Inflation sinker: Friday’s CPI inflation print truly stung the market, sending the S&P 500 down 3% on the session to complete its worst week since January.
The broad market fell 5% last week, its ninth down week in ten. European stock markets fell 1.5% early Monday following the drubbing. Asian markets tumbled overnight, and US stock futures are lower too with the S&P 500 seen opening just a whisker above the May 20th low at 3,810. It’s been blanket selling since the inflation report, not helped by China extending lockdowns in a number of cities as they struggle to stamp out Covid.
Markets seem to be saying central bankers are going to need to do more, whilst the ‘inflation has peaked’ narrative was killed. Whilst prices for bellwethers including fertiliser, computer chips and shipping containers have declined lately, and Chinese producer prices are rising less quickly, it’s clear that consumer inflation is still hot and wages could spiral to make it worse. The path to a soft landing is getting even narrower.
Bond yields are on the move: German 2yr rose above 1% for the first time since 2011, whilst the US 2yr rose to its highest since 2007 as markets repriced Fed rate hike expectations higher. That inflation report did one very clear thing: raise expectations for the Fed to hike more and quicker. We don’t know whether the ECB is going stiffen its stance … last week the announcement to raise rates next month only saw spreads widen. This morning the spread between 10yr Italian and German paper widened further, to 237bps, with BTPs up to 3.88%. The euro is weaker today, with EURUSD under 1.05.
The Bank of England this week is under heaps of pressure – today’s GDP report showed the economy shrank in April and inflation is going to be the worst in the G7…Bailey talks of a narrow path which has sounded kind of soft, but there is only one way to smash this inflation. The Fed gets it, the rest are more unsure. With US yields rallying and a broad de-risking effect, the dollar is bid. GBPUSD is back at the 1.22 area. UK plans to rip up the Northern Ireland protocol don’t help sentiment but we should stress that this looks more like a broad dollar move. Market pricing for the bank rate at 3% by the end of the year is quite hawkish…the BoE has not been signalling it will go that hard but it might be forced to catch up.
The Federal Reserve is the highlight this week and it could become more aggressive even than the 50bps hike that is expected. The Fed could surprise with 75bps this meeting, although if not we could see some commentary from Powell to guide for September. Currently the market is braced for 50bps in both June and July but is less sure around September. So, if Powell guides towards a further 50bps hike in September that could be viewed as hawkish. Goldman Sachs: “We now expect the Fed to hike the funds rate by 50 bps in September (vs. +25bp previously), in addition to +50bp moves in June and in July.” Fed Funds now implicitly expected to top 3.25% at February’s meeting.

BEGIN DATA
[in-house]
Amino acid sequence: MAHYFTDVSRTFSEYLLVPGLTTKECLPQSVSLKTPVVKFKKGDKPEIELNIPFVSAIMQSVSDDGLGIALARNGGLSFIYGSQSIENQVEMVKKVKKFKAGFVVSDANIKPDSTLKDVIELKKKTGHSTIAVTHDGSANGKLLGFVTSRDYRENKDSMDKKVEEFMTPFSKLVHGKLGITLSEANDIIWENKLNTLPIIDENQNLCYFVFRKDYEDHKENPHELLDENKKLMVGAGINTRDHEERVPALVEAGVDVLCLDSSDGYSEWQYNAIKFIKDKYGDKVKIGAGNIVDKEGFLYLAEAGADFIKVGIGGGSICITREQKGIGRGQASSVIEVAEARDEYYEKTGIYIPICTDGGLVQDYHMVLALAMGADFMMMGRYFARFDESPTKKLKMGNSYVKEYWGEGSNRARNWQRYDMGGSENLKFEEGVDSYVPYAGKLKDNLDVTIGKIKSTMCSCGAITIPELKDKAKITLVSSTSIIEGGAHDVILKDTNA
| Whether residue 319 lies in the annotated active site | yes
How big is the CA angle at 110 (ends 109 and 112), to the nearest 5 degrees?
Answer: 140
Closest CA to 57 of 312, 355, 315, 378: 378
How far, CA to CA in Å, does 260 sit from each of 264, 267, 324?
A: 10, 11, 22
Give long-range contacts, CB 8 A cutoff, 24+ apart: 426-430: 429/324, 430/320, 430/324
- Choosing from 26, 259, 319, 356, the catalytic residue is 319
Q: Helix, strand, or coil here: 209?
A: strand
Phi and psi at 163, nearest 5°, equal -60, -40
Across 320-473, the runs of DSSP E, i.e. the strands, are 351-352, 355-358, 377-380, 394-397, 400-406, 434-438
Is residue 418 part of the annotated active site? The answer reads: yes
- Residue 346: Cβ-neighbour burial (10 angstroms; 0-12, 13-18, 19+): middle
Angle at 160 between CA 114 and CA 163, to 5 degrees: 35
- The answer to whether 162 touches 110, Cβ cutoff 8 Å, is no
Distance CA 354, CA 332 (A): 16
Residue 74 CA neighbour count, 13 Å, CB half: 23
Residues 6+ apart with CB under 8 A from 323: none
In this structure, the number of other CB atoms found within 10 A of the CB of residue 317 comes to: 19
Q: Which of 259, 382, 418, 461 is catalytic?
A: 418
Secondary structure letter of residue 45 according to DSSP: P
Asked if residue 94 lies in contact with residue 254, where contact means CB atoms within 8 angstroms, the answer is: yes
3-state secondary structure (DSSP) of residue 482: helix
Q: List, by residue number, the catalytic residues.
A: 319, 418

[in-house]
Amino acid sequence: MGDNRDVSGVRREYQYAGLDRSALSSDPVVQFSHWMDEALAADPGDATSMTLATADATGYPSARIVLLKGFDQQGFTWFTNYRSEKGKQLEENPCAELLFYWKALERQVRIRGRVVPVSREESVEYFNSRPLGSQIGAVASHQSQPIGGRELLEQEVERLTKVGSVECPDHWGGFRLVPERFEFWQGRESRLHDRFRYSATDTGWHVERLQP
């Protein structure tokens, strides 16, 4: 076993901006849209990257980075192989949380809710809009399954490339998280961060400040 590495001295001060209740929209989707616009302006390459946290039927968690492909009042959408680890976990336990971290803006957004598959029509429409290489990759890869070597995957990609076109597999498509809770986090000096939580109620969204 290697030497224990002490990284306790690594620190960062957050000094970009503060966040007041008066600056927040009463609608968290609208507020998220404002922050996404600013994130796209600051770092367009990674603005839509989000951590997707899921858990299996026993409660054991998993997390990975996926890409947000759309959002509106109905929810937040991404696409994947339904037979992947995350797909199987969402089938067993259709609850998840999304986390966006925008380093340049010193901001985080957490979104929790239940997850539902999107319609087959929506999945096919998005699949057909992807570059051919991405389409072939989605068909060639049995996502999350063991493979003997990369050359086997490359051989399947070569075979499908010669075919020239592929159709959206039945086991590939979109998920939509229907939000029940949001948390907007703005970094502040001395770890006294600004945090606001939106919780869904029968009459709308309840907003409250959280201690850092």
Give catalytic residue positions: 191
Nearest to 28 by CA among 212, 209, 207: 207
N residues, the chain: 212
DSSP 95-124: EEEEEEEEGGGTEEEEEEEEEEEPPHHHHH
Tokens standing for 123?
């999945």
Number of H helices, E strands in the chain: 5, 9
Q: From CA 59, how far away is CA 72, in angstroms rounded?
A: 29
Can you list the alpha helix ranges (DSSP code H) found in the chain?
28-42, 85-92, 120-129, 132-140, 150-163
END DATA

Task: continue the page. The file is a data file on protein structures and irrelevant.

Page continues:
It wasn’t just the inflation report. The closely watched University of Michigan survey showed consumer sentiment declined by 14% from May, reaching its lowest recorded value, comparable to the trough reached in the middle of the 1980 recession. Soaring gasoline prices, which have topped $5 a gallon, were a chief concern mentioned by respondents. This collapse in consumer confidence seems entirely inflation related since the labour market remains in good strip. What happens though when the Fed breaks the economy? It can get worse.
Elsewhere, the yen fell to a 24-year low against the US dollar – Bank of Japan this week but don’t expect it to veer towards a more hawkish stance. There was a joint statement from the BoJ and Ministry of Finance on Friday expressing concern about the decline in the yen, but the market is going to test their resolve and it could go a lot lower. We had some more jawboning from BoJ governor Kuroda this morning, saying the depreciation in the yen is undesirable.
Contagion: Bitcoin is also lower…no inflation hedge, just a correlated risk asset and a bad one at that. Does MicroStrategy keep averaging down? MicroStrategy’s cost basis was roughly $30,700 per Bitcoin, according to its first-quarter earnings report. This morning prices are south of $25k, hitting an 18-month low. Crypto network/DeFi lending company Celsius has halted withdrawals due to market conditions. Things are breaking in the crypto space and it will get messier.
Source: Neil Wilson – Markets.com